The explosion of available datasets has sparked a new frontier in efficiency. Business leaders have dreamt of using data to better target customers, develop unique product features, drive investment intelligence, and efficiently price products – as well as adopting infonomics principles and practices for managing data as an actual asset.
Unfortunately, nearly all companies lack a regimented way to systematically discover, test, procure, and document their interactions around data. The knowledge and best practices are being siloed between a mix of spreadsheets, homegrown tools, and employees’ memories. That way, what could have been an efficiency boom ultimately becomes a net cost for a company.
Data Relationship Management (DRM) to the rescue
A new concept called ‘Data Relationship Management’ aims to solve these enterprise issues and offer a fresh product category to help ensure data value is being optimized. Data Relationship Management is the process of capturing the details of all the relationships around the usage of data to drive a firm’s continued growth in knowledge.
These relationships include those between a firm and all the data vendors it has interacted with, all the products they sell, all the derivative products created based on them, and the internal stakeholders and knowledge workers that touch the data. It also captures all the knowledge gained through each step in the data journey from sourcing the data to putting it into production.
A Data Relationship Manager collects and catalogs it all, and addresses a wealth of issues that arise from different groups and employees not talking to each other. Nomad Data is among the first vendors to provide a solution in what is becoming a critical area of infrastructure for many organizations.
The lack of a software-driven approach to Data Relationship Management has led most companies to underperform in their use of data, which is typically the main goal of the Chief Data Officer (CDO). The software helps codify a process. Without a strong process, you see issues like double and triple spending on data, wasted time from employees repeating past efforts, huge setbacks from employee departures, and an inability for a firm to achieve any of its data-driven goals around driving sales, cost efficiencies, and intelligence gathering.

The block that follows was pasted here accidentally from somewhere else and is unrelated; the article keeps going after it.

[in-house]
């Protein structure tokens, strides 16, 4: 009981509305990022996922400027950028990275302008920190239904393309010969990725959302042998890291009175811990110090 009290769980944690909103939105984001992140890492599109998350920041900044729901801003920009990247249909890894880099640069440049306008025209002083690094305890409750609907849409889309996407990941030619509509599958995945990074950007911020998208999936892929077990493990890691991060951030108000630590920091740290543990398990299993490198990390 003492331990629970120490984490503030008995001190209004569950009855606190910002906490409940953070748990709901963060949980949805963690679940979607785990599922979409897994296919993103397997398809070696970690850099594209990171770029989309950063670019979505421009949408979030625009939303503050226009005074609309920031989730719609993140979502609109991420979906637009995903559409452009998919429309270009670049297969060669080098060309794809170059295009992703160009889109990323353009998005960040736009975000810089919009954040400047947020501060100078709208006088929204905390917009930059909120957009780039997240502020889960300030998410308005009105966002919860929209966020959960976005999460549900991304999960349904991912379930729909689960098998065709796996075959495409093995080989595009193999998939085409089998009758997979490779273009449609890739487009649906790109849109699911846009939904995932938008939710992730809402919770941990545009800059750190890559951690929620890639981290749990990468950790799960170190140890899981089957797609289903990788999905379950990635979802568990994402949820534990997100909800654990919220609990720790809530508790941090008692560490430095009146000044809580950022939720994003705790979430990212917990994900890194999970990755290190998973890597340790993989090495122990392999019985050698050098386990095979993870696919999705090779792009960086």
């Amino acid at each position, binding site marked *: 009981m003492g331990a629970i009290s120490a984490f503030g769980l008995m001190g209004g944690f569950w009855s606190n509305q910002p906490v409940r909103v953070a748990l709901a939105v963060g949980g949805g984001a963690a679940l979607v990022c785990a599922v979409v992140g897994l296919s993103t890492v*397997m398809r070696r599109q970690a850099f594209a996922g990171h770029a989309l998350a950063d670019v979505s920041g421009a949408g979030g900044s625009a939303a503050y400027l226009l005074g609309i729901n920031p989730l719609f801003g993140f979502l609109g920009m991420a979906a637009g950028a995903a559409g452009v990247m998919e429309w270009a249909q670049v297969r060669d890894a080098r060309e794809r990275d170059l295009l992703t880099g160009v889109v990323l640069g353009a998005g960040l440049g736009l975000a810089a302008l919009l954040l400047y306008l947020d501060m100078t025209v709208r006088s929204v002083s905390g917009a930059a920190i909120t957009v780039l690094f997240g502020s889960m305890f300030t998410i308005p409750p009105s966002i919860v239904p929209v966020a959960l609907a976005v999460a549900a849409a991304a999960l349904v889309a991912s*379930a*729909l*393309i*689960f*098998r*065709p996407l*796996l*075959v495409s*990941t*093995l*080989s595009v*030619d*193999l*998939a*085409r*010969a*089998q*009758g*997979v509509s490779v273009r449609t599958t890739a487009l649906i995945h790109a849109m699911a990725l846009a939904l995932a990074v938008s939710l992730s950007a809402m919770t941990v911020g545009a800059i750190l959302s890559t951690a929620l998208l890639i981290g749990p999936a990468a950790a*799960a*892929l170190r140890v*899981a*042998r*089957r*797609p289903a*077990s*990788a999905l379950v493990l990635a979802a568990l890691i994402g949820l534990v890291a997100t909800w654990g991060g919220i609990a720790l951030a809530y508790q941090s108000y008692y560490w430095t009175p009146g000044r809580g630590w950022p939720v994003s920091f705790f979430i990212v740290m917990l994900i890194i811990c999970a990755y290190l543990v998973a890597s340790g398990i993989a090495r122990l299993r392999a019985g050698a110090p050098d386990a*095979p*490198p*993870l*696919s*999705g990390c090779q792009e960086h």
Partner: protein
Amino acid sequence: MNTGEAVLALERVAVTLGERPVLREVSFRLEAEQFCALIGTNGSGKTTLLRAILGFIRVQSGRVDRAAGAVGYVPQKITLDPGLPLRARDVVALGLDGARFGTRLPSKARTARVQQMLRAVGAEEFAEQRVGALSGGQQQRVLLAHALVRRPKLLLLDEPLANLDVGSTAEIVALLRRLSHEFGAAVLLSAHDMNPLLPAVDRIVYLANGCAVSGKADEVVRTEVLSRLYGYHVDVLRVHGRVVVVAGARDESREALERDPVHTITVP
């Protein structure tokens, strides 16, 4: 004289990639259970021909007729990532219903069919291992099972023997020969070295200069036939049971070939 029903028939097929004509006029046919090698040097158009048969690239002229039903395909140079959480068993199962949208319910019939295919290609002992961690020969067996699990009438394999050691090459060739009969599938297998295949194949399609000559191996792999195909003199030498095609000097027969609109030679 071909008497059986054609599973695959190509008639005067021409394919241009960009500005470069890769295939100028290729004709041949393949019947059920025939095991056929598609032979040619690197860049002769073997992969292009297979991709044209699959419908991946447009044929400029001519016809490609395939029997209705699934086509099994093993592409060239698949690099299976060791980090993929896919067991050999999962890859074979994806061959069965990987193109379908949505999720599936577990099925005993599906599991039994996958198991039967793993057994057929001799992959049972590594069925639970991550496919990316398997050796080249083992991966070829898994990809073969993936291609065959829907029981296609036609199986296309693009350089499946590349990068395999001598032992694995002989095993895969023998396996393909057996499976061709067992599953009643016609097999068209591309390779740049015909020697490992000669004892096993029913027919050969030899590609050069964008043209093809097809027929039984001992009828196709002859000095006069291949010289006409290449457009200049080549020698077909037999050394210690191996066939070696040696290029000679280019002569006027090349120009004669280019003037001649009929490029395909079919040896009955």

Searching for data relationships and use cases
The process of searching for data has become highly siloed and difficult for most non-expert users. A key feature of digital relationship management is facilitating a more efficient process for discovering new data vendors. Lists of data vendors, akin to Yellow Pages, aren't accessible for most users to discover data. It’s oftentimes difficult to know specific things about a complex dataset from merely a description.
The data relationship solution provides a simple plain language search. Users can be very descriptive as to what information they are seeking. It enables users in the company’s central data team to action the searches with their own intelligence, search through all previous searches for clues, or send the search into the solution provider’s network of data vendors. The simplified search flow means users can go from data-driven ideas to finding the right solutions in a matter of hours.
By providing access to past search details, data relationship management becomes essential to enable firms to grow their knowledge. People throughout an organization often want or need to see the specific data use cases others have pursued. By understanding the past searches along with the data vendors that were evaluated, it becomes much simpler for average employees to make the connection between their needs and the data that can help.
In practice, there is a significant amount of similarity between data requests. Being able to quickly find a past request that matches your own allows you to skip the search process and the evaluation process. Seeing past searches also helps spur the imagination around what is possible and also provides company-wide visibility on the impact of data on businesses.
Data testing is another major pain point — users at a company invest significant time in testing datasets. They go through the legal and compliance processes to get access to the data, investigate it, and design and execute a test or a series of tests to understand the efficacy of the data.